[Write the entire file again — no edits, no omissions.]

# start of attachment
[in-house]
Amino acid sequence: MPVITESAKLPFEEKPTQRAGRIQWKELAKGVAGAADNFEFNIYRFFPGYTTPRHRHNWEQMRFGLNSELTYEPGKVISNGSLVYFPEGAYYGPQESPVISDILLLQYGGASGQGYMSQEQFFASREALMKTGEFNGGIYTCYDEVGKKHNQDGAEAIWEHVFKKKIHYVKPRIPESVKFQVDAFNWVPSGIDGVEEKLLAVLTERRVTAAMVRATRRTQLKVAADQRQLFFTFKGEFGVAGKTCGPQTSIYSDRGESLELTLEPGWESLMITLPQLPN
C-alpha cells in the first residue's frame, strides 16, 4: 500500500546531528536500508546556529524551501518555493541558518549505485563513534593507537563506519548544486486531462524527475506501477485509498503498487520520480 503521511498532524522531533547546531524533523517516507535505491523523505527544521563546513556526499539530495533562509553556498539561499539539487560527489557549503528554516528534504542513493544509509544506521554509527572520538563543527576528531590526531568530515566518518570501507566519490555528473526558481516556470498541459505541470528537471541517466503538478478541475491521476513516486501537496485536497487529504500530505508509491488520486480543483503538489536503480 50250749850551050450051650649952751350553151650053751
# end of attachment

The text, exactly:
[in-house]
Amino acid sequence: MPVITESAKLPFEEKPTQRAGRIQWKELAKGVAGAADNFEFNIYRFFPGYTTPRHRHNWEQMRFGLNSELTYEPGKVISNGSLVYFPEGAYYGPQESPVISDILLLQYGGASGQGYMSQEQFFASREALMKTGEFNGGIYTCYDEVGKKHNQDGAEAIWEHVFKKKIHYVKPRIPESVKFQVDAFNWVPSGIDGVEEKLLAVLTERRVTAAMVRATRRTQLKVAADQRQLFFTFKGEFGVAGKTCGPQTSIYSDRGESLELTLEPGWESLMITLPQLPN
C-alpha cells in the first residue's frame, strides 16, 4: 500500500546531528536500508546556529524551501518555493541558518549505485563513534593507537563506519548544486486531462524527475506501477485509498503498487520520480 503521511498532524522531533547546531524533523517516507535505491523523505527544521563546513556526499539530495533562509553556498539561499539539487560527489557549503528554516528534504542513493544509509544506521554509527572520538563543527576528531590526531568530515566518518570501507566519490555528473526558481516556470498541459505541470528537471541517466503538478478541475491521476513516486501537496485536497487529504500530505508509491488520486480543483503538489536503480 50250749850551050450051650649952751350553151650053751